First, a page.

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In the car

Photo: Technology can facilitate better communication in the car

Car journeys are a common part of many people’s daily routines, but cars can be very noisy and it can be difficult for a deaf person to hear what others are saying. During a car journey it might also be difficult to pick up visual cues from speech such as lip patterns, facial expressions and gestures. These factors can make communication in the car difficult.

Here we give you a few top tips for communicating in the car and tell you which products and technologies could help to communicate better in the car.

Top tips for communicating in the car

In addition to the products we suggest here, why not:

  • attach a small mirror to the inside of the windscreen so someone sitting in the back could lip read someone in the front
  • try to keep other noises down as much as possible – close the windows and turn music off or only play at a low volume
  • ask your audiologist about a noise-reduction programme on your hearing aids – it could help reduce the sound of engine noise in the car
  • Ask if you can sit in the front – it’ll be much easier for you to lip-read and hear the driver.
Using a radio aid in the car

Radio aids are designed to give clear communication between a speaker and a deaf person. They also help reduce the effects of background noises. This makes radio aids an ideal solution for communicating in the car.

How it works

The driver, or another passenger, would speak into the radio aid transmitter and you or your deaf child will be able to hear it through your radio aid receivers. The radio aid transmitter could also be plugged into a personal music player, DVD player, smartphone or tablet for entertainment on long journeys.

Watch this family use a radio aid in the car.

What do families think of using a radio aid in the car?

"Ellie loved the fact that we could chat whilst I was driving so we could talk about places and things as we drove by them"
Helen, Mum to Ellie (3)

Using a radio aid in the car with speakers or headphones

Radio aids could be connected to small portable speakers or headphones. This could be useful if you don’t wear hearing aids.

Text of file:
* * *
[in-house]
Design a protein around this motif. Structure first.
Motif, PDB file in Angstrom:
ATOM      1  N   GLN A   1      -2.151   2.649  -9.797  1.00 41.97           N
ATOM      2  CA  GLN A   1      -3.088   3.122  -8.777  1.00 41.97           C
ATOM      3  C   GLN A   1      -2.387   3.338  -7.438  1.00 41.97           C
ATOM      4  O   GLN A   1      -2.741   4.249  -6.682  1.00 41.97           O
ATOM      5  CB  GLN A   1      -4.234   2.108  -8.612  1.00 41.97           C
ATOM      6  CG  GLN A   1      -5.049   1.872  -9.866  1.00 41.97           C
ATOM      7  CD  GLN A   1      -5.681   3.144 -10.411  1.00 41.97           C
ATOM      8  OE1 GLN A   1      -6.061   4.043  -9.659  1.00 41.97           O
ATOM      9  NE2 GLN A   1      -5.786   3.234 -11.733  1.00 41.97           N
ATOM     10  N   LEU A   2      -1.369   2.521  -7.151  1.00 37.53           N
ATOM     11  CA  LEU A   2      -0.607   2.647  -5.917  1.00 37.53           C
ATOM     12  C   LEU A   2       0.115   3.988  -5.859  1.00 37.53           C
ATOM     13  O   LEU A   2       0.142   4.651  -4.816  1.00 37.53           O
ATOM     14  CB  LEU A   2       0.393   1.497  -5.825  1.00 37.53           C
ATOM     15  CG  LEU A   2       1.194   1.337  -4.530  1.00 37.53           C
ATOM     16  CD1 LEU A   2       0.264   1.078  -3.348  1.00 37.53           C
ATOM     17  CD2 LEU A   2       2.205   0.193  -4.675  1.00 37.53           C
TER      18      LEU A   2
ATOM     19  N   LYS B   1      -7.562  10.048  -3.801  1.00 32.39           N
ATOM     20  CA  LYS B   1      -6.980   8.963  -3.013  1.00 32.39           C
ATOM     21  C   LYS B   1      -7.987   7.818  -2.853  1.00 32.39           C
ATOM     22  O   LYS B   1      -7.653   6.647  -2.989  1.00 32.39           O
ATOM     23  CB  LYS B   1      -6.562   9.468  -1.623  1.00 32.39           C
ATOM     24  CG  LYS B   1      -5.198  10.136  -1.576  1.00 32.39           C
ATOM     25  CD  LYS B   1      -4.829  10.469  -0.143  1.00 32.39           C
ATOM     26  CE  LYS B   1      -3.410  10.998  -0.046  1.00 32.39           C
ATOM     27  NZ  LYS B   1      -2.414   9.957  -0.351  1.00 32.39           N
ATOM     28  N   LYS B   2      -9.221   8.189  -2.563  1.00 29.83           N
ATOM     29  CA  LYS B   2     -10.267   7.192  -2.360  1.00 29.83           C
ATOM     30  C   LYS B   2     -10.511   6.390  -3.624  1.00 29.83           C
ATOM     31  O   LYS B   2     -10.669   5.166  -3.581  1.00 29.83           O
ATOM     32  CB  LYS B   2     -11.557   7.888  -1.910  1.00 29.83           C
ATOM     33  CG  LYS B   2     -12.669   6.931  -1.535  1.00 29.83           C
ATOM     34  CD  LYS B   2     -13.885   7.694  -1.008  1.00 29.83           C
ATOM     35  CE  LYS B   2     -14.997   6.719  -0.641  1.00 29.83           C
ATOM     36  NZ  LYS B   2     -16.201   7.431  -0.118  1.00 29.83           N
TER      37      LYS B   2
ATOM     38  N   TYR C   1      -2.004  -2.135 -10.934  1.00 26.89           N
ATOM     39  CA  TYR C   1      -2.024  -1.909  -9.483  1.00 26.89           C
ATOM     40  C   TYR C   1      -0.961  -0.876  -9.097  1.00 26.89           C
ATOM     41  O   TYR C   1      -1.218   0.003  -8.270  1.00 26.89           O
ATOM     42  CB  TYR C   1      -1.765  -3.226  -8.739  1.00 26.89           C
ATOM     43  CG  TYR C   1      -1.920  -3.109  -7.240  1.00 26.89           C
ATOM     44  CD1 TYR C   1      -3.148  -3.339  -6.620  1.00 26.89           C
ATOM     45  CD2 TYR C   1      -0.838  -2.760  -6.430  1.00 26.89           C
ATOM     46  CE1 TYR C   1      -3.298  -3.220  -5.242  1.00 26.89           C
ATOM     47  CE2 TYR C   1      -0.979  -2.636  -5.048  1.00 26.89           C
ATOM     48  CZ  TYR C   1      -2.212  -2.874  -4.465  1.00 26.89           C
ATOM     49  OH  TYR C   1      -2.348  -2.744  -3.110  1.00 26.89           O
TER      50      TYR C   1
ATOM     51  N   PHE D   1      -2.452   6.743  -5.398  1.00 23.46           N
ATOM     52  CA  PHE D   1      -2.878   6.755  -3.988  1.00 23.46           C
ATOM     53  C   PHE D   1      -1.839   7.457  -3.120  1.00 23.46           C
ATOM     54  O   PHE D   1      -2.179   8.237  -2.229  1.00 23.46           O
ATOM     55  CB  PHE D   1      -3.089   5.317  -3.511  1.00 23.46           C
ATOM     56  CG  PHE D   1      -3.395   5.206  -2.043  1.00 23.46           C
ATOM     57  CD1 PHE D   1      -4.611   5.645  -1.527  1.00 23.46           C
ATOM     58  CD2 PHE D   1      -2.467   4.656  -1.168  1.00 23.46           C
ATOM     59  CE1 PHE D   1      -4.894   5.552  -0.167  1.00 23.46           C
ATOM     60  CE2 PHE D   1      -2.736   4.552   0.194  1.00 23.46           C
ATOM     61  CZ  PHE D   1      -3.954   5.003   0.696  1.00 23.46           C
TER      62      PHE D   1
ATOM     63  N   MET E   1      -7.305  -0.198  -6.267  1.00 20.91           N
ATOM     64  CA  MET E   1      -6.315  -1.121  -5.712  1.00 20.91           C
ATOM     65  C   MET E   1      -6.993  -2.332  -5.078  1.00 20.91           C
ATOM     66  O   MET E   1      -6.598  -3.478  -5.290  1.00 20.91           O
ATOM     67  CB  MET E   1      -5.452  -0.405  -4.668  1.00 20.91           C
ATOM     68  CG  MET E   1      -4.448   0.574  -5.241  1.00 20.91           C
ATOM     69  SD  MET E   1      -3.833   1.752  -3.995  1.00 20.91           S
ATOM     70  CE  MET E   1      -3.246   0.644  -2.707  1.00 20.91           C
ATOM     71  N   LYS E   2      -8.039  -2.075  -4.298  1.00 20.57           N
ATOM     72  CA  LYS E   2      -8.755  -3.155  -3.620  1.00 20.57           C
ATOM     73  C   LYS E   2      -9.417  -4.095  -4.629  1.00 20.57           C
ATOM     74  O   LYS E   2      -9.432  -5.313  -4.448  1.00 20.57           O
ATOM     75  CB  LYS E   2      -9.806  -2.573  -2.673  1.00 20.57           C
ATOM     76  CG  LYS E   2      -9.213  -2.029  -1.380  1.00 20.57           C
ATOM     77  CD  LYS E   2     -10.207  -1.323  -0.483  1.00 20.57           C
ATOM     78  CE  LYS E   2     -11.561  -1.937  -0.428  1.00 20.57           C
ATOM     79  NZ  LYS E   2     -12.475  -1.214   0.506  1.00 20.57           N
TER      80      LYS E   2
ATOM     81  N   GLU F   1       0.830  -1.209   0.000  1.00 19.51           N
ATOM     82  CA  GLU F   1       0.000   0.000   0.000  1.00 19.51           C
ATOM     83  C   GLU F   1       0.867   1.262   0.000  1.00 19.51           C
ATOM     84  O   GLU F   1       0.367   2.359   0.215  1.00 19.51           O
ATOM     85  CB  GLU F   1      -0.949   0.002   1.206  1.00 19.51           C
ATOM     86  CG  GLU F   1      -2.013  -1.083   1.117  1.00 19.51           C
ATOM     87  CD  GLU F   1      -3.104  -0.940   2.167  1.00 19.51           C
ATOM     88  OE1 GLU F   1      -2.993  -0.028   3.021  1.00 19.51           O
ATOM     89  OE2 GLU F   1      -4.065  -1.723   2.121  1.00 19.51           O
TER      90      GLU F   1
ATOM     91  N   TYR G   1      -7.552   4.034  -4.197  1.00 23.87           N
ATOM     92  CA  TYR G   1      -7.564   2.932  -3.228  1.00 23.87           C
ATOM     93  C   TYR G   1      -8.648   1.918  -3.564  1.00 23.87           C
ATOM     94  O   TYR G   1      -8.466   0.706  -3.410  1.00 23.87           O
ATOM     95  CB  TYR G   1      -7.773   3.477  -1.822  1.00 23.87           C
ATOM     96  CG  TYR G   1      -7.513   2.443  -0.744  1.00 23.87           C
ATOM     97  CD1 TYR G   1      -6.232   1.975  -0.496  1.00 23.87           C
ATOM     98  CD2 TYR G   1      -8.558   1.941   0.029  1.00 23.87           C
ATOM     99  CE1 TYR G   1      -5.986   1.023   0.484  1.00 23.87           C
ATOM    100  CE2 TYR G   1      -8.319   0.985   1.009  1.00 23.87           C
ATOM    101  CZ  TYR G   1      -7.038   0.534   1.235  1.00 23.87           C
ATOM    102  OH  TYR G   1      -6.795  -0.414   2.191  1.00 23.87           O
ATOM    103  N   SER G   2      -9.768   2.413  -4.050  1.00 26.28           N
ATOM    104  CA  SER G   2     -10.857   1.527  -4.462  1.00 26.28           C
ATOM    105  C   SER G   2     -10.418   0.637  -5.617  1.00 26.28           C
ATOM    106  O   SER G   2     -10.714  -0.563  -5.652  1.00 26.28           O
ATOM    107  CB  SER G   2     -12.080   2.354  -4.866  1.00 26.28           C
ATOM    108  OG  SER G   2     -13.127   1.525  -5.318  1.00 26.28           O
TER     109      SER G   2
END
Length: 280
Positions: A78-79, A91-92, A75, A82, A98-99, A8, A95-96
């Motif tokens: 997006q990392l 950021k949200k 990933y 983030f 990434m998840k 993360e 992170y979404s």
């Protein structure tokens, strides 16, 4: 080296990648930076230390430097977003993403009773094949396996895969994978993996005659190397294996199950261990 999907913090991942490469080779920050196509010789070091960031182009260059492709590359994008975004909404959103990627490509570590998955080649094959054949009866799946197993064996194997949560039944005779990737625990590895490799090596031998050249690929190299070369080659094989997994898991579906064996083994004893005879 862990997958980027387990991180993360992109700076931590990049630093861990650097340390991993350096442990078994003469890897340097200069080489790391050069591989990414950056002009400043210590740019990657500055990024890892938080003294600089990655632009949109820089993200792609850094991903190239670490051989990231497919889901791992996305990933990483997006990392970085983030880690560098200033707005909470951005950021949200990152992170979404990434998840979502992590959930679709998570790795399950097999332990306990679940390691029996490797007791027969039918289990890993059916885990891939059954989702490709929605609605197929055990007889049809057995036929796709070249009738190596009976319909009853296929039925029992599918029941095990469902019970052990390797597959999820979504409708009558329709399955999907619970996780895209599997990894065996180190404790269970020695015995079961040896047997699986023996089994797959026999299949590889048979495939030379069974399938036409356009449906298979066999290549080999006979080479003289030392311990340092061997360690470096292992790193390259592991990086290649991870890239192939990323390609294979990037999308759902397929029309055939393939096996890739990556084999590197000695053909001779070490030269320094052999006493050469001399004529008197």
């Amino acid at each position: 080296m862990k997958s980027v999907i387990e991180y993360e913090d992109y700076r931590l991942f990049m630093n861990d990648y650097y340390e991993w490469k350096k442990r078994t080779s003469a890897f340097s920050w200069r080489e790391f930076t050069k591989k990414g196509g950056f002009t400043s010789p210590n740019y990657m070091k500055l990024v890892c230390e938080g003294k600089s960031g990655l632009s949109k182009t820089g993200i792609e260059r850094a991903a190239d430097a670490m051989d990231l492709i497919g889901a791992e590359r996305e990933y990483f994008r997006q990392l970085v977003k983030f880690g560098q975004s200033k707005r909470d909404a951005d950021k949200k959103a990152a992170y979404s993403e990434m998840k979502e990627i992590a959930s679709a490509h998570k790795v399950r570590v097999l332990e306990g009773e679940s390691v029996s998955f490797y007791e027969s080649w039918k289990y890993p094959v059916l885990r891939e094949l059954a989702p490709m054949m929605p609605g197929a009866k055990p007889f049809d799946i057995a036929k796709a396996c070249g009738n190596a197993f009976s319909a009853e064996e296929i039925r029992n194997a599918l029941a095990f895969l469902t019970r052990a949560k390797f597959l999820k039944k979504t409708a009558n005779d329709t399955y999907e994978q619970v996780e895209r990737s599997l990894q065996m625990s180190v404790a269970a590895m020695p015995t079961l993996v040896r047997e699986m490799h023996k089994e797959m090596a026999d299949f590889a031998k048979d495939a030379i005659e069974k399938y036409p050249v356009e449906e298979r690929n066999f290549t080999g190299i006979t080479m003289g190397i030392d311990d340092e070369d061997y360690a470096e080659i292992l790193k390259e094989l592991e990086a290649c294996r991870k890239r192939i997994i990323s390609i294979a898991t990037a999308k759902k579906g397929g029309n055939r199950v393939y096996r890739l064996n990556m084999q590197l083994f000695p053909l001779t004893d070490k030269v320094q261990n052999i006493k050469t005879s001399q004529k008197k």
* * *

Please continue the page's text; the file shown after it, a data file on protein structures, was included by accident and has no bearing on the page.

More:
How it works

Connecting speakers or headphones to a radio aid is only possible with bodyworn radio aid receivers (the Connevans FM Genie or the Oticon Amigo R5) or a neckloop receiver (the Comfort Audio DH10 or the Phonak Roger MyLink). The speakers, or headphones, simply plug into the bodyworn or neckloop receiver using the 3.5mm connector and the sound from the transmitter can then be heard.

What do families think about using radio aids in the car?

"Max's school is a long way from our home, so he had to spend a great deal of time in the car each week. Using the Connevans FM Genie radio aid and speakers, my voice was clearer and louder to Max and it made a huge difference to our journeys"
Jo, Mum to Max (5)

Using a streamer in the car

If you have a digital streamer with a separate wireless microphone, or mini-mic, then you could use this in the car.

How it works

Most digital streamers have a small, wireless mini-microphone accessory, it works like a radio aid but with a shorter range. The driver, or other passenger, could wear the mini-microphone and it sends their voice to your streamer using Bluetooth. Your streamer then sends the sound directly to your hearing aids.

Using a personal listener in the car

Personal listeners are small, personal amplifiers and can be very useful when communicating with others in noisy places making them ideal products to use in a car.